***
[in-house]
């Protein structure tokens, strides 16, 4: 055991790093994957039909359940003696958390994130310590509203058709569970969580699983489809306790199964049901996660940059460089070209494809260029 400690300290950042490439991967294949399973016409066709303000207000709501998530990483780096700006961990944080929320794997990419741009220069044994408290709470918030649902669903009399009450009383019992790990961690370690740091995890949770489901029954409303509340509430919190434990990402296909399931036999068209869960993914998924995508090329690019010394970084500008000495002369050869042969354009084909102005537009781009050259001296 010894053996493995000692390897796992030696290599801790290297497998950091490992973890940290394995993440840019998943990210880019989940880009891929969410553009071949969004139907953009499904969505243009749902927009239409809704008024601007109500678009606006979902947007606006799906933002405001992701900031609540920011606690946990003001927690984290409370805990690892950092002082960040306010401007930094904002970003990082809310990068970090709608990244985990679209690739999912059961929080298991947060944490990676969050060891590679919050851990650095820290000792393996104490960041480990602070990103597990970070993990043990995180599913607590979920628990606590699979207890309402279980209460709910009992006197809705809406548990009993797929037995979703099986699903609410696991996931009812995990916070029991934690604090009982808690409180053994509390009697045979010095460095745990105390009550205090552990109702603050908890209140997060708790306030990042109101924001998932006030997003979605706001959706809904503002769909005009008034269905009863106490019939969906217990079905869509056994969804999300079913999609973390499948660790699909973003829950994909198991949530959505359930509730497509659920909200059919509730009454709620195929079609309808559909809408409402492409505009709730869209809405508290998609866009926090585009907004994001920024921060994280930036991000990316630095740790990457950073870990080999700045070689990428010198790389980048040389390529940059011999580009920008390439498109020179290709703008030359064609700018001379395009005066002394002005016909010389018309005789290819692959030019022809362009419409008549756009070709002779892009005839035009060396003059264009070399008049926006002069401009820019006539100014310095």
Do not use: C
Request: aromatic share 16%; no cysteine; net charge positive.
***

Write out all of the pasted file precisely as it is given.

[in-house]
């Protein structure tokens, strides 16, 4: 055991790093994957039909359940003696958390994130310590509203058709569970969580699983489809306790199964049901996660940059460089070209494809260029 400690300290950042490439991967294949399973016409066709303000207000709501998530990483780096700006961990944080929320794997990419741009220069044994408290709470918030649902669903009399009450009383019992790990961690370690740091995890949770489901029954409303509340509430919190434990990402296909399931036999068209869960993914998924995508090329690019010394970084500008000495002369050869042969354009084909102005537009781009050259001296 010894053996493995000692390897796992030696290599801790290297497998950091490992973890940290394995993440840019998943990210880019989940880009891929969410553009071949969004139907953009499904969505243009749902927009239409809704008024601007109500678009606006979902947007606006799906933002405001992701900031609540920011606690946990003001927690984290409370805990690892950092002082960040306010401007930094904002970003990082809310990068970090709608990244985990679209690739999912059961929080298991947060944490990676969050060891590679919050851990650095820290000792393996104490960041480990602070990103597990970070993990043990995180599913607590979920628990606590699979207890309402279980209460709910009992006197809705809406548990009993797929037995979703099986699903609410696991996931009812995990916070029991934690604090009982808690409180053994509390009697045979010095460095745990105390009550205090552990109702603050908890209140997060708790306030990042109101924001998932006030997003979605706001959706809904503002769909005009008034269905009863106490019939969906217990079905869509056994969804999300079913999609973390499948660790699909973003829950994909198991949530959505359930509730497509659920909200059919509730009454709620195929079609309808559909809408409402492409505009709730869209809405508290998609866009926090585009907004994001920024921060994280930036991000990316630095740790990457950073870990080999700045070689990428010198790389980048040389390529940059011999580009920008390439498109020179290709703008030359064609700018001379395009005066002394002005016909010389018309005789290819692959030019022809362009419409008549756009070709002779892009005839035009060396003059264009070399008049926006002069401009820019006539100014310095």
Do not use: C
Request: aromatic share 16%; no cysteine; net charge positive.